Monday, December 29, 2003


So states the unofficial motto of the Texas Rangers � one of the oldest law enforcement services in the country.

The Texas Rangers� 180-year heritage of service dates back to 1823, when colonizer Stephen F. Austin called for men to "Range" the frontier and guard against hostile Indians.

The modern Texas Rangers are an investigative division of the Texas Department of Public Safety. Its members are investigators who have been selected from the rfanks of the Department of Public Safety Highway Patrol Officers. A Texas Ranger has the official rank of at least a Sergeant.
The 116 Rangers authorized by the Texas Legislature are posted across Texas in six companies. Spreading the 116 Rangers throughout the state, it is easy to see that they are spread even thinner than an NYPD Detective! The role of the Texas Ranger is to assist and act as a support to local law enforcement, under defined legislative statutes.

Headquartered in Waco, they are posted to six Ranger Companies throughout Texas, as well as having an Unsolved Crimes Investigative Team is located in San Antonio.

Modern Rangers have the benefit of state-of-the-art weaponry and other equipment. Each Ranger is furnished an automatic, 12 gauge shotgun and Ruger Mini-14 semi-automatic rifle. He or she also has a crime scene kit with materials for taking fingerprints and making plaster casts of tracks and tool marks along with additional evidence-gathering necessities.

High-powered sniper rifles, night vision scopes, tear gas guns and grenades and gas masks are available for each Ranger company. Black lights, used for detecting fluid traces on clothing and other items, also are available at the company level. Sophisticated electronic surveillance equipment is at the disposal of the Rangers as well.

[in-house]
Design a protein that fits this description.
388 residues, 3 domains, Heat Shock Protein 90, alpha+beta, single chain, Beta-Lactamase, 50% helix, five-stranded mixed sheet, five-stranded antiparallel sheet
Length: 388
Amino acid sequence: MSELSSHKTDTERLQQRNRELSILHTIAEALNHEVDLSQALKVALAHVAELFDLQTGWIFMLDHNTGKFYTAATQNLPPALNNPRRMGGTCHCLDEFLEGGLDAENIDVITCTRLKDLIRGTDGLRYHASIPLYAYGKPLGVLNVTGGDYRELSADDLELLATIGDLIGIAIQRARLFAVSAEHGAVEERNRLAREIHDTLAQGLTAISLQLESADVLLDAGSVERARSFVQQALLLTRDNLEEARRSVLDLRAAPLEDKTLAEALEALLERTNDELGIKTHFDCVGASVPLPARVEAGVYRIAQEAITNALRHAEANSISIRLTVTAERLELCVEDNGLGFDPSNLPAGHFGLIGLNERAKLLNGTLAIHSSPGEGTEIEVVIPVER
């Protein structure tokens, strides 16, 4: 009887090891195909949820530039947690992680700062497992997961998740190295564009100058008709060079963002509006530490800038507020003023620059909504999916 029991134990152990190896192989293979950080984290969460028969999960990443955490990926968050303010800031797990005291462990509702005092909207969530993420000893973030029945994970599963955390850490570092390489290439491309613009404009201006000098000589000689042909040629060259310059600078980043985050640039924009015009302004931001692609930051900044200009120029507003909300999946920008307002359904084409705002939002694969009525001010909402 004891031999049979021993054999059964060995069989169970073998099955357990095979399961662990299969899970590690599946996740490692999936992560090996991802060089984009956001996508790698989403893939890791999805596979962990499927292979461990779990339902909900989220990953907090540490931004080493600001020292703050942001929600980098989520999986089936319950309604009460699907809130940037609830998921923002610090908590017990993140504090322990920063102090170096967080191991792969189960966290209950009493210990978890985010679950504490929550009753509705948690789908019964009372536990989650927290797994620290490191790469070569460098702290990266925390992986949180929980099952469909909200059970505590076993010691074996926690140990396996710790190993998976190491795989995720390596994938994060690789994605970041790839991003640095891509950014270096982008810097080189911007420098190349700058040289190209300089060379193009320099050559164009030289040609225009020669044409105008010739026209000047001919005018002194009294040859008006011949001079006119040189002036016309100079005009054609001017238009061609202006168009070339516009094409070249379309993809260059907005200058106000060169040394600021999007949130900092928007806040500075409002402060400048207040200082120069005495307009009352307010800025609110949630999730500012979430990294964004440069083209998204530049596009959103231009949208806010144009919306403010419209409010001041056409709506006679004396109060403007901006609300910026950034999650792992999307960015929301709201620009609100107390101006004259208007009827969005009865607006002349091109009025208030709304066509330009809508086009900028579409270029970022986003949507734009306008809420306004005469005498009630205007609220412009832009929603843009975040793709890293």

Today's Rangers travel by car, airplane or helicopter and occasionally by horse. Rangers are not issued uniforms; they dress as they need to. A Ranger in Dallas might wear a suit and tie while a Ranger assigned to a rural area would likely choose Western wear. Rangers are still expected to wear western boots and have their badges pinned to their shirts.

These Rangers are supervised by a Senior Captain, Captain, Assistant Commander, six field captains and seven lieutenants. The force is organized into six companies, "A" through "F," and a Headquarters office in Austin. A captain, lieutenant and from one to three Rangers are located at each of the five DPS Regional Headquarters. Company F is stationed at the Texas Ranger Hall of Fame and Museum in Waco -- the official state hall of fame and repository for the Texas Rangers.

Other Rangers are stationed in various towns and cities in the state, each Ranger having responsibility for a minimum of two to three counties, some with even larger areas.